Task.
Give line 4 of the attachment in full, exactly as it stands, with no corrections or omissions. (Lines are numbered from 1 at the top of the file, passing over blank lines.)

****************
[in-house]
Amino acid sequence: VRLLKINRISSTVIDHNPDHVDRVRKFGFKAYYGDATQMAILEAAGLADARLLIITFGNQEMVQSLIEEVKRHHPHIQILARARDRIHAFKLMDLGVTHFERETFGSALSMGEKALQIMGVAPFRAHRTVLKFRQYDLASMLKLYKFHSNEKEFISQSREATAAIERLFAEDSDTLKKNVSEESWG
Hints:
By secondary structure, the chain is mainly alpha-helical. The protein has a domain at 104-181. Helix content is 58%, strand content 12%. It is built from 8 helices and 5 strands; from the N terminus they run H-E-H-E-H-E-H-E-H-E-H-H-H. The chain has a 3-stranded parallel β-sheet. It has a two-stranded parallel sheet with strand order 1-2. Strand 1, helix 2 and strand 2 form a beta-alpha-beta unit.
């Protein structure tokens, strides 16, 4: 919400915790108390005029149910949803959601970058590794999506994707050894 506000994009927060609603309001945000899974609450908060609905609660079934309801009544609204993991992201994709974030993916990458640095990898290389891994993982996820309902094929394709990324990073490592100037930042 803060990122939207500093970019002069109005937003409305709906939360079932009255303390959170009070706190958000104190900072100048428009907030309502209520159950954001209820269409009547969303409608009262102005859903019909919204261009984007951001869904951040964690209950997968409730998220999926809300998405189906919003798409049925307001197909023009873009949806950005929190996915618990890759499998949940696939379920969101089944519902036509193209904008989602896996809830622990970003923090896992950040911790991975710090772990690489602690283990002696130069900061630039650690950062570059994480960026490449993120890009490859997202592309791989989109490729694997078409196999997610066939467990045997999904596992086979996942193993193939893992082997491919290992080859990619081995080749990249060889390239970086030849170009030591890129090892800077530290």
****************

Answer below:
By secondary structure, the chain is mainly alpha-helical. The protein has a domain at 104-181. Helix content is 58%, strand content 12%. It is built from 8 helices and 5 strands; from the N terminus they run H-E-H-E-H-E-H-E-H-E-H-H-H. The chain has a 3-stranded parallel β-sheet. It has a two-stranded parallel sheet with strand order 1-2. Strand 1, helix 2 and strand 2 form a beta-alpha-beta unit.